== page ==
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Accueil du site → Doctorat → États-Unis → 1995 → Dust generation resulting from desiccation of playa systems : Studies on Mono and Owens lakes, California

UNIVERSITY OF CALIFORNIA, DAVIS (1995)

Dust generation resulting from desiccation of playa systems : Studies on Mono and Owens lakes, California

Gill, Thomas Edward

Titre : Dust generation resulting from desiccation of playa systems : Studies on Mono and Owens lakes, California

Auteur : Gill, Thomas Edward

Université de soutenance : UNIVERSITY OF CALIFORNIA, DAVIS

Grade : Doctor of Philosophy (PhD) 1995

Résumé
Playas, evaporites, and aeolian sediments frequently are linked components within the Earth system. Anthropogenic water diversions from terminal lakes form playas that release fugitive dust. These actions, documented worldwide, simulate aeolian processes activated during palaeoclimatic pluvial/interpluvial transitions, and have significant environmental impacts. Pluvial lakes Russell and Owens in North America’s Great Basin preceded historic Mono and Owens Lakes, now desiccated by water diversions into dust-generating, evaporite -encrusted playas. Geochemical and hydrologic cycles acting on the Owens (Dry) Lake playa form three distinct crust types each year. Although initial dust production results from deflation of surface efflorescences after the playa dries, most aerosols are created by saltation abrasion of salt/silt/clay crusts at crust/ sand sheet contacts. The warm-season, clastic "cemented" crust is slowest to degrade into dust. If the playa surface is stabilized by an unbroken, non-efflorescent crust, dust formation is discouraged. When Mono Lake’s surFace elevation does not exceed 1951 meters (6400 feet), similar processes will also generate dust from its saline lower playa. Six factors—related to wind, topography, groundwater, and sediments—control dust formation at both playas. These factors were combined into a statistical model relating suspended dust concentrations to playa/lake morphometry. The model shows the extent and severity of Mono Lake dust storms expands significantly below the surface level 6376 feet (1943.5 meters). X-ray diffraction analysis of Mono Basin soils, playa sediments, and aerosols demonstrates geochemical cycling of materials through land, air and water during Mono Lake’s 1982 low stand. Soils and clastic playa sediments contain silicate minerals and tephra. Saline groundwater deposited calcite, halite, thenardite, gaylussite, burkeite and glauberite onto the lower playa. Aerosols contained silicate minerals (especially micas) and salts (including calcite, thenardite, gaylussite and halite). Playa-specific compounds were detected in the aerosol, even at a site not visually impacted by dust plumes. Anthropogenic mitigation may help alleviate playa dust storms. Reducing water diversions, legally mandated for Mono Lake, is not feasible everywhere. Most successful land rehabilitation schemes for playas have combined engineering (sand fences, flooding) and ecological (revegetation) techniques to mimic and accelerate natural processes ; this is recommended for Owens (Dry) Lake.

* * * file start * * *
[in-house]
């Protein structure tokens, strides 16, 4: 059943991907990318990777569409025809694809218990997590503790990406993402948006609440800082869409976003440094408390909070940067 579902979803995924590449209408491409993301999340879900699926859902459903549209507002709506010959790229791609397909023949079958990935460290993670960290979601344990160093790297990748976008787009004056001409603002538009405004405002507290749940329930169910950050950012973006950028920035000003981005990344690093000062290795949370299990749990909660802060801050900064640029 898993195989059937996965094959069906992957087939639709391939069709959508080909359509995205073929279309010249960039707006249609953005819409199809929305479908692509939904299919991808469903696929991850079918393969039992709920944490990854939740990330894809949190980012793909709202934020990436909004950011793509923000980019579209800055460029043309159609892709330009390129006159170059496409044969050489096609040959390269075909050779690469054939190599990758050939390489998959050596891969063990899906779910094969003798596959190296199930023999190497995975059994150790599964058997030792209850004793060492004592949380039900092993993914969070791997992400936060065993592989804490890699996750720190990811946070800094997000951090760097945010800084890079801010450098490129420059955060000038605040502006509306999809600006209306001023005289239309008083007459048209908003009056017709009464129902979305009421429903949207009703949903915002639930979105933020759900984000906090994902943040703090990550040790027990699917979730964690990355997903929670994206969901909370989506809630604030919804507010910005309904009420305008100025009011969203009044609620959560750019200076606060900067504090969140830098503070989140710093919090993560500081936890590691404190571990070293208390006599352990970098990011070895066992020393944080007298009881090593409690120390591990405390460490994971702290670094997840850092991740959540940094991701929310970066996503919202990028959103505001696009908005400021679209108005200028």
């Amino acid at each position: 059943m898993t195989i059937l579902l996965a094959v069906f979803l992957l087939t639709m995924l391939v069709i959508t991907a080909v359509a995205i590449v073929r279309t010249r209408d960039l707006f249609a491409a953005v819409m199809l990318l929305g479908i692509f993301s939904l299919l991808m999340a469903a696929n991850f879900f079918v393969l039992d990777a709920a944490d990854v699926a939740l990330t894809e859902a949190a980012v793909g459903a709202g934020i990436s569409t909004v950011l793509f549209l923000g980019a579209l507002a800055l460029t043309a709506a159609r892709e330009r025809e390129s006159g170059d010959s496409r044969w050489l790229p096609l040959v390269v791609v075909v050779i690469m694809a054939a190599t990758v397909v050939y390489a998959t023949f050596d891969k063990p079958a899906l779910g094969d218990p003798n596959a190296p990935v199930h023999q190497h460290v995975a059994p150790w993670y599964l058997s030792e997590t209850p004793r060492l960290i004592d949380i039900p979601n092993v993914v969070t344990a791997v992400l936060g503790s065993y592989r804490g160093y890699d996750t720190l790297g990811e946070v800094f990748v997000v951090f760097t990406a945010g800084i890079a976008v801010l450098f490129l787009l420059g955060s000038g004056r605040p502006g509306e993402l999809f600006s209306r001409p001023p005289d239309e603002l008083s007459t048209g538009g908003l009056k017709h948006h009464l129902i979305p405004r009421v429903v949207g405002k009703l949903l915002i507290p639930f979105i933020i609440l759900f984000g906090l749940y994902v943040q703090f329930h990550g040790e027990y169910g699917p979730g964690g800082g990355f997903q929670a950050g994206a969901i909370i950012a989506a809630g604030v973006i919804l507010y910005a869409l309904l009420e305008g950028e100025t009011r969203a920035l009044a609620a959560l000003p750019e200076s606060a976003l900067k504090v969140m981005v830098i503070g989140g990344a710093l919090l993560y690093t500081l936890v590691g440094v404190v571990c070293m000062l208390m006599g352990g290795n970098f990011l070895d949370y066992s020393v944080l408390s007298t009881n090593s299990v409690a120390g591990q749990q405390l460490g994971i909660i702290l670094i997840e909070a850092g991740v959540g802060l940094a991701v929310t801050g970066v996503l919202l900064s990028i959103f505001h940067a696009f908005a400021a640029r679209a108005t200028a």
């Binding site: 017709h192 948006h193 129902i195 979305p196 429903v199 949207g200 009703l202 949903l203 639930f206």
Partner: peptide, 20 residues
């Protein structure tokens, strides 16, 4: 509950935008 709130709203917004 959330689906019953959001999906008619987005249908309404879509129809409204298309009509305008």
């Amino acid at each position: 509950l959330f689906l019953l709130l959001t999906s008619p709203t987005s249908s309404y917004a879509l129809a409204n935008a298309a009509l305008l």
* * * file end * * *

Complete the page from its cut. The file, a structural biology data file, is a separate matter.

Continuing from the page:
Mots clés : Physical Geography ; Geology ; Physics : Atmospheric Science ; Environmental Sciences

Présentation

Page publiée le 28 février 2015, mise à jour le 1er janvier 2017